Aircraft safety is paramount in the commercial aviation industry. Millions of passengers who depend on the safety and security of each aircraft travel by plane every year. When an aircraft has an issue or defect, it can take hundreds of lives. One recent example is the tragic deaths of 346 people in two separate Boeing 737 Max accidents. The plane crashes occurred within five months of each other, causing the Federal Aviation Administration (FAA) to ground all Boeing 737 Max 8 aircraft until further notice.
About the Boeing 737 Max Crashes
The Boeing 737 Max 8 has a history that dates back to the 1960s when Boeing created the first iteration of this aircraft. It quickly became the most popular and successful Boeing jet. Over the years, Boeing updated its 737 several times. When it designed the Max 8, it remodeled the 737 to make it fly more efficiently on less gas than previous models. It accomplished this using larger engines, but this change could make the aircraft stall. Boeing then installed special software, called MCAS, to prevent stalls.
The Boeing 737 Max 8 was the manufacturer’s latest model of passenger aircraft released around the world. The first deadly Boeing 737 Max 8 crash occurred in Indonesia, not far from Jakarta, where the plane had recently taken off. The Lion Air crash took the lives of everyone on board: 189 people. That was in October 2018. In March 2019, another Boeing 737 Max went down, this time in Ethiopia. The second crash killed 157 people. At the time of the second accident, the plane had only been in flight for a few months, with just 1,200 hours of flight time on its record.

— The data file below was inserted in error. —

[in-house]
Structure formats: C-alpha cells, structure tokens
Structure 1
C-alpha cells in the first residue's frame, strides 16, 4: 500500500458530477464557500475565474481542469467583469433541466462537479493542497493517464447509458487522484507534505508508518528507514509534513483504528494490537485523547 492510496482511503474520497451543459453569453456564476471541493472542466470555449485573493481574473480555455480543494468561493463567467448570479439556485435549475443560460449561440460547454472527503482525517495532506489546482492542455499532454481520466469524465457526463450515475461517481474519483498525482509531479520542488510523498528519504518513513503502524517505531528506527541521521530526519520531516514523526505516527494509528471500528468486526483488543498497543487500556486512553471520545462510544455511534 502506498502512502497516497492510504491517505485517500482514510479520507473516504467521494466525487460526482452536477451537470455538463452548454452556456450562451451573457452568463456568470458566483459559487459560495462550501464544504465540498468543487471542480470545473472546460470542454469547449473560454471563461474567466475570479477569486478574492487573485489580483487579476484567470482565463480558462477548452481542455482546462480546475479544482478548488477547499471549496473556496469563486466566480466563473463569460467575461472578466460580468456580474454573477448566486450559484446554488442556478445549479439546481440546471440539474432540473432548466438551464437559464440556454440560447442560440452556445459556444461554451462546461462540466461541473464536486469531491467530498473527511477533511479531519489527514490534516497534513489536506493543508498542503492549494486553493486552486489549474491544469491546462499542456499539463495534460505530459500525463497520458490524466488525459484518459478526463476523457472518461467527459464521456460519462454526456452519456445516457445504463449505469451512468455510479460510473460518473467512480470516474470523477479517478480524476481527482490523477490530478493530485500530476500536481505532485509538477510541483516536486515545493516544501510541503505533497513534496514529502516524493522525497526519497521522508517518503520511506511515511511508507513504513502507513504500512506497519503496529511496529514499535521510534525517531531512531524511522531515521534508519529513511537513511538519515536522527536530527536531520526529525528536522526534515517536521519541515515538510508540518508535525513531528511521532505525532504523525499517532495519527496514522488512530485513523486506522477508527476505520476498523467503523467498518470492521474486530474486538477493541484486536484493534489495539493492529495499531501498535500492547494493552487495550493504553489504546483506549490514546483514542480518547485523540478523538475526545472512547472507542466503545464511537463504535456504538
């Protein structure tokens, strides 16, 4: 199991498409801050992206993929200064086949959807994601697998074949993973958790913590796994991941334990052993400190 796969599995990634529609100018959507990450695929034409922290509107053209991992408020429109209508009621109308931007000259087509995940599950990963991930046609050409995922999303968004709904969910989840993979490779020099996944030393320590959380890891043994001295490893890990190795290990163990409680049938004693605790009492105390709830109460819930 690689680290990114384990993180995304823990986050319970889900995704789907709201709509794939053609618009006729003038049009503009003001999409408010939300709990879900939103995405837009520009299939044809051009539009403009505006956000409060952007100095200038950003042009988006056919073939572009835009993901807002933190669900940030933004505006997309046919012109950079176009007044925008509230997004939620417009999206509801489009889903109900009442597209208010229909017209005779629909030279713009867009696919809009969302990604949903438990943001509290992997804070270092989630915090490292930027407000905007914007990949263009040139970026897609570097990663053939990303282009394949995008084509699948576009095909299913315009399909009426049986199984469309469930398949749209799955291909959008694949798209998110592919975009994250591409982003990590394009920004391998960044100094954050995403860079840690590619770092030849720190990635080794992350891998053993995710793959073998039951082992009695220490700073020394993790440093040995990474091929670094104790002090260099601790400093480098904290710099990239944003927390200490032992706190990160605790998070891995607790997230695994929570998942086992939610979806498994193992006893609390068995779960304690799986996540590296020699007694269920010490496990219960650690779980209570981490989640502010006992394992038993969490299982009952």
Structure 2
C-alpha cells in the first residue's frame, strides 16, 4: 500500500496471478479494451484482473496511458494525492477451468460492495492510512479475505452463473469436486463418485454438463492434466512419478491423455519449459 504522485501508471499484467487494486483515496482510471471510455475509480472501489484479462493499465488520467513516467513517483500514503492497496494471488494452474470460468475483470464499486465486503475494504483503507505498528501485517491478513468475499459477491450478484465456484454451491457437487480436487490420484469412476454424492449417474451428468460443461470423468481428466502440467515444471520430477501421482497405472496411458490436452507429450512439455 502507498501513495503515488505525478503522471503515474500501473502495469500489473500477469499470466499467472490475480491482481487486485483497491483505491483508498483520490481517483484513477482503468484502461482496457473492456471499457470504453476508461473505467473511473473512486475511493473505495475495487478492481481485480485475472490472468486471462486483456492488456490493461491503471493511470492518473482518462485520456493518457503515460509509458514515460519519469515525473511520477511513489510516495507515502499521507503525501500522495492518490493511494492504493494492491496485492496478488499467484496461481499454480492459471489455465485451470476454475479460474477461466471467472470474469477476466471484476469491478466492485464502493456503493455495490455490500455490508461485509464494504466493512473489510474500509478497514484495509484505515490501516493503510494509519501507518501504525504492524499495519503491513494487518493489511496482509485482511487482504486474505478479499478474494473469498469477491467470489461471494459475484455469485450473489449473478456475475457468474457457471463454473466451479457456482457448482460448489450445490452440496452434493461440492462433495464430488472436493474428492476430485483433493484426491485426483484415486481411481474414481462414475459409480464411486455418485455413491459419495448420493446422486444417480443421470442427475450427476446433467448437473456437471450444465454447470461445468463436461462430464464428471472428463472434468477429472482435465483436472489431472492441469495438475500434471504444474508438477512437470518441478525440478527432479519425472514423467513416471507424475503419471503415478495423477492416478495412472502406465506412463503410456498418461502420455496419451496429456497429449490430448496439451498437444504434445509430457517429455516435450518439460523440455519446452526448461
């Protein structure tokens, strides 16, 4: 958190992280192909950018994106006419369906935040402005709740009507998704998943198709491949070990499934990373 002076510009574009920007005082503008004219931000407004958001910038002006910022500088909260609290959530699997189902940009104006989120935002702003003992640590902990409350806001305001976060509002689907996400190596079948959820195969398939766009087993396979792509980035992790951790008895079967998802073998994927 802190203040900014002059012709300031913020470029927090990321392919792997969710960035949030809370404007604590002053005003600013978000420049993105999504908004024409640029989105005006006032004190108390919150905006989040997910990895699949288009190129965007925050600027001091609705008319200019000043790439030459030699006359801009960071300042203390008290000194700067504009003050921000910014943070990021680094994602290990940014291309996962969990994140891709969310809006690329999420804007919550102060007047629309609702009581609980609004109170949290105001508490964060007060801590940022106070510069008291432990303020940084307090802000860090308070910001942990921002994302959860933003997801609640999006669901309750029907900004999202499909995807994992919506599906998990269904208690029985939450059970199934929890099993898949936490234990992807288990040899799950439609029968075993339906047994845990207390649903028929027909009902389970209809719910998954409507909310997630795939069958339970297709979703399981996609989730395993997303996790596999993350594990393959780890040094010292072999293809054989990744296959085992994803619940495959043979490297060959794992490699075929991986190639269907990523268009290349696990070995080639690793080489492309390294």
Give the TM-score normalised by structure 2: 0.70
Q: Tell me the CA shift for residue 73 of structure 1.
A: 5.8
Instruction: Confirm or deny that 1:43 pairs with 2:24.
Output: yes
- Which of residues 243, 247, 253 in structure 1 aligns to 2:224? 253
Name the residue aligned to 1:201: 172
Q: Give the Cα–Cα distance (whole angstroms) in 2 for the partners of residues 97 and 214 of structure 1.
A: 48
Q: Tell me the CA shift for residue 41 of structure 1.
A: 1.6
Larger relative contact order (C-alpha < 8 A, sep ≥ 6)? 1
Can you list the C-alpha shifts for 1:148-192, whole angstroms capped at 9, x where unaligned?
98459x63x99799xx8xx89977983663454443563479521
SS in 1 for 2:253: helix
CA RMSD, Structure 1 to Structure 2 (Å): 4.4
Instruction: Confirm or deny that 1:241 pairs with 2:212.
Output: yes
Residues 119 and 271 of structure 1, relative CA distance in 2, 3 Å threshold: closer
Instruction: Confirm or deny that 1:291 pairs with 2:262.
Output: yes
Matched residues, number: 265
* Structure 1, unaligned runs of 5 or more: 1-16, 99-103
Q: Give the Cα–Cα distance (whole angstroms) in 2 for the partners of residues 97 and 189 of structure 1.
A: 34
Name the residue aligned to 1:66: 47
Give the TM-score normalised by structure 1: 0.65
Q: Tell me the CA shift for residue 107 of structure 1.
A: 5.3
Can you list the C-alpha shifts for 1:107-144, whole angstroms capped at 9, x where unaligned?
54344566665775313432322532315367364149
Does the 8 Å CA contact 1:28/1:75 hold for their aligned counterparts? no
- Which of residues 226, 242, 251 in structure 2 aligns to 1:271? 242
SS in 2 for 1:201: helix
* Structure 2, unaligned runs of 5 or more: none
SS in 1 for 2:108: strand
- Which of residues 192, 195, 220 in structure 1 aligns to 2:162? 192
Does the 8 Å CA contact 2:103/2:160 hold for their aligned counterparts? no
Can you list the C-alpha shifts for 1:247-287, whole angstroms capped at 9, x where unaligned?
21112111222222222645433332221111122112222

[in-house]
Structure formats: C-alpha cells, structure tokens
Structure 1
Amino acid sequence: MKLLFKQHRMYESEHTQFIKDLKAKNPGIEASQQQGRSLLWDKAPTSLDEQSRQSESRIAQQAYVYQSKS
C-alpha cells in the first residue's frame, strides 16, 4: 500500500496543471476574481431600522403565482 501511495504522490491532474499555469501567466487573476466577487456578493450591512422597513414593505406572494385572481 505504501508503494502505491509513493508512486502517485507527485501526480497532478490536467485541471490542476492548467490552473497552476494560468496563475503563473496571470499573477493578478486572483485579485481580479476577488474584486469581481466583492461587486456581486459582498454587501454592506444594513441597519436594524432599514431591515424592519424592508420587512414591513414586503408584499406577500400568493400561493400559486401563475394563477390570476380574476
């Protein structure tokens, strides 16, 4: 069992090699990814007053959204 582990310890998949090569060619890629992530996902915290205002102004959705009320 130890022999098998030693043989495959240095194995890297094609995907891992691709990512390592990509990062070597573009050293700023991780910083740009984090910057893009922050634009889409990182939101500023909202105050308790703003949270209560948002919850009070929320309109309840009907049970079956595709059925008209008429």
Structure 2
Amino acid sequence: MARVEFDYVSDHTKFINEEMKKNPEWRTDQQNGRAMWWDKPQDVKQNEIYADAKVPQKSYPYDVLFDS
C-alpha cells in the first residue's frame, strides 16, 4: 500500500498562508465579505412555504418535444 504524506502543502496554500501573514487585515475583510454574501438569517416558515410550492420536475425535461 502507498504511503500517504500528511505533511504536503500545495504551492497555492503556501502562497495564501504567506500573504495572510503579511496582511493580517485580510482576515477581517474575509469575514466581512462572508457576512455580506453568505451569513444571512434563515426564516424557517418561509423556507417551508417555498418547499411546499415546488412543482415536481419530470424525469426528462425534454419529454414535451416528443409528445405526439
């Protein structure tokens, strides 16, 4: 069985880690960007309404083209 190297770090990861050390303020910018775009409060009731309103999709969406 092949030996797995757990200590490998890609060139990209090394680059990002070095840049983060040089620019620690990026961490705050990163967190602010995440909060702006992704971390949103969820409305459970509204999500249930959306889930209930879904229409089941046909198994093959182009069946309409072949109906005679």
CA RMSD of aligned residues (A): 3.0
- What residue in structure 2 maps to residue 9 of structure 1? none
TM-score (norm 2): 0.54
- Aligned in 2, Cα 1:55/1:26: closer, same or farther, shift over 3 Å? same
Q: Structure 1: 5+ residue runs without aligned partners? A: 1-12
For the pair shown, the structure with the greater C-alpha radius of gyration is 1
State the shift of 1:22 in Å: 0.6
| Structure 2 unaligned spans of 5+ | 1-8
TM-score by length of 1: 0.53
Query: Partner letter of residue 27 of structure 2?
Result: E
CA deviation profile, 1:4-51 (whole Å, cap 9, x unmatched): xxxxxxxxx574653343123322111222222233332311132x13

Both airplane accidents occurred just minutes after takeoff. Black box data retrieved from the crashed aircraft showed similarities between the two accidents related to the software system designed to keep the plane from stalling. Data showed the software malfunctioned in both crashes, causing the nose of the plane to dive down. The software was a new introduction to the Boeing 737 Max, but not one most pilots knew about before the devastating accidents.
No Foreseeable Lift on the Ban
After the back-to-back deadly crashes, more than 50 countries have decided to ground the Boeing 737 Max 8 from service. Countries that have instituted the ban include China, Australia, Europe, Canada, New Zealand, Germany, France and the UK. Despite the U.S.’s top air-safety regulation organization initially claiming the aircraft was safe for flight, the FAA has finally grounded this aircraft in the U.S. as well. The FAA’s newest administrator said the administration is not working on any type of timeline to lift the ban; instead, the FAA will take as long as it needs to confirm the Boeing 737 Max is safe for flight.
The aircraft manufacturer, Boeing, continues to say it has full confidence in the safety of its planes but supports the grounding of the Boeing 737 Max in the name of caution. Boeing says it is doing all it can to identify the exact cause of the accidents and make changes to ensure another aircraft does not crash. The airline has already sent technical teams of its own to crash sites to help with investigations amid other efforts to understand how the accidents occurred. Boeing also issued condolences to the families who lost loved ones in the aviation disasters.
Family Members File Claims Against Boeing and the FAA
Many surviving family members of the 346 victims of the Boeing 737 Max crashes have filed lawsuits against Boeing and the FAA. Family members and friends are honoring those killed by advocating for more accountability in the industry. Many are accusing Boeing of putting money over the safety of its passengers. The lawsuits allege that Boeing executives should have known the plane was unsafe to fly and done more to correct the faulty software system, as well as warned pilots about the new systems. An aviation accident attorney with Panish Shea & Boyle LLP can help loved ones seek justice for their loss. The Boeing 737 Max 8 aircraft will remain on the ground in over 50 countries until further investigations can ensure the plane’s safety.